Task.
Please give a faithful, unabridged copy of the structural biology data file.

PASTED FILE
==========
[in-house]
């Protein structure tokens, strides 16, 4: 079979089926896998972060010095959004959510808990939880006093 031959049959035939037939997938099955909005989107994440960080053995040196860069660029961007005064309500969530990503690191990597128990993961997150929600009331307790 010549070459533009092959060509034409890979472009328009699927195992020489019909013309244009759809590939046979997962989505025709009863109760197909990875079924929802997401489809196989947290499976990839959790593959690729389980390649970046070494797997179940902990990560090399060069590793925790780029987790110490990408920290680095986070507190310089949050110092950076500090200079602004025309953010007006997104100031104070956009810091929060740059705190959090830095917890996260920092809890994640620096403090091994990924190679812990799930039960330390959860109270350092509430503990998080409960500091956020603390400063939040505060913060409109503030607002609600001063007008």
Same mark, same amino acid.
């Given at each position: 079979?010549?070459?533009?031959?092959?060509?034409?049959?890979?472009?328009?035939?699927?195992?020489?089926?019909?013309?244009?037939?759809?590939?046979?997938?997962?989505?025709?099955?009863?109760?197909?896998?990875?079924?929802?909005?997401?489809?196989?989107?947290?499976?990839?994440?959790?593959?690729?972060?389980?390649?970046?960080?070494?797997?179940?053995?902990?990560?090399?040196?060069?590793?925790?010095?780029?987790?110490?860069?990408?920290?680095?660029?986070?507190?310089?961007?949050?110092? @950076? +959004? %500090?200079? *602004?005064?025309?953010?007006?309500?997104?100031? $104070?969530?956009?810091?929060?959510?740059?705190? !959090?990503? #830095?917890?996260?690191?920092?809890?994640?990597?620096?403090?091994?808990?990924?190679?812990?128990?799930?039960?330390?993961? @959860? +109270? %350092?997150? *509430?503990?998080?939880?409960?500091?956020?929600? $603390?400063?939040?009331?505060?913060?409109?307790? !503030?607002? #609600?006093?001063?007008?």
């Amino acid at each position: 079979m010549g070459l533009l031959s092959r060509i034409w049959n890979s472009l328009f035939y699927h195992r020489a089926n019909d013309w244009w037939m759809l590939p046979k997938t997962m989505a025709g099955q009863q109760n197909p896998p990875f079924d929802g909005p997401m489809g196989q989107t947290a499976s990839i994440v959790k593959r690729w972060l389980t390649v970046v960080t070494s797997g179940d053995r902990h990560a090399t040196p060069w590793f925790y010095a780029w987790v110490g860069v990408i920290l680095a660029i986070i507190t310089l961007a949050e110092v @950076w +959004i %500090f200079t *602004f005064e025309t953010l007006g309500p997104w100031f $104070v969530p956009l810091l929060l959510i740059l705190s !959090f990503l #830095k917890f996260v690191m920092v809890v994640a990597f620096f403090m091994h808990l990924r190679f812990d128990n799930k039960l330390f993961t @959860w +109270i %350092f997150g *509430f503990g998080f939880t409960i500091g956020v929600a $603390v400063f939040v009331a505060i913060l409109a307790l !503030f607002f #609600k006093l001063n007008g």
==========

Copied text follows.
[in-house]
């Protein structure tokens, strides 16, 4: 079979089926896998972060010095959004959510808990939880006093 031959049959035939037939997938099955909005989107994440960080053995040196860069660029961007005064309500969530990503690191990597128990993961997150929600009331307790 010549070459533009092959060509034409890979472009328009699927195992020489019909013309244009759809590939046979997962989505025709009863109760197909990875079924929802997401489809196989947290499976990839959790593959690729389980390649970046070494797997179940902990990560090399060069590793925790780029987790110490990408920290680095986070507190310089949050110092950076500090200079602004025309953010007006997104100031104070956009810091929060740059705190959090830095917890996260920092809890994640620096403090091994990924190679812990799930039960330390959860109270350092509430503990998080409960500091956020603390400063939040505060913060409109503030607002609600001063007008």
Same mark, same amino acid.
């Given at each position: 079979?010549?070459?533009?031959?092959?060509?034409?049959?890979?472009?328009?035939?699927?195992?020489?089926?019909?013309?244009?037939?759809?590939?046979?997938?997962?989505?025709?099955?009863?109760?197909?896998?990875?079924?929802?909005?997401?489809?196989?989107?947290?499976?990839?994440?959790?593959?690729?972060?389980?390649?970046?960080?070494?797997?179940?053995?902990?990560?090399?040196?060069?590793?925790?010095?780029?987790?110490?860069?990408?920290?680095?660029?986070?507190?310089?961007?949050?110092? @950076? +959004? %500090?200079? *602004?005064?025309?953010?007006?309500?997104?100031? $104070?969530?956009?810091?929060?959510?740059?705190? !959090?990503? #830095?917890?996260?690191?920092?809890?994640?990597?620096?403090?091994?808990?990924?190679?812990?128990?799930?039960?330390?993961? @959860? +109270? %350092?997150? *509430?503990?998080?939880?409960?500091?956020?929600? $603390?400063?939040?009331?505060?913060?409109?307790? !503030?607002? #609600?006093?001063?007008?």
């Amino acid at each position: 079979m010549g070459l533009l031959s092959r060509i034409w049959n890979s472009l328009f035939y699927h195992r020489a089926n019909d013309w244009w037939m759809l590939p046979k997938t997962m989505a025709g099955q009863q109760n197909p896998p990875f079924d929802g909005p997401m489809g196989q989107t947290a499976s990839i994440v959790k593959r690729w972060l389980t390649v970046v960080t070494s797997g179940d053995r902990h990560a090399t040196p060069w590793f925790y010095a780029w987790v110490g860069v990408i920290l680095a660029i986070i507190t310089l961007a949050e110092v @950076w +959004i %500090f200079t *602004f005064e025309t953010l007006g309500p997104w100031f $104070v969530p956009l810091l929060l959510i740059l705190s !959090f990503l #830095k917890f996260v690191m920092v809890v994640a990597f620096f403090m091994h808990l990924r190679f812990d128990n799930k039960l330390f993961t @959860w +109270i %350092f997150g *509430f503990g998080f939880t409960i500091g956020v929600a $603390v400063f939040v009331a505060i913060l409109a307790l !503030f607002f #609600k006093l001063n007008g």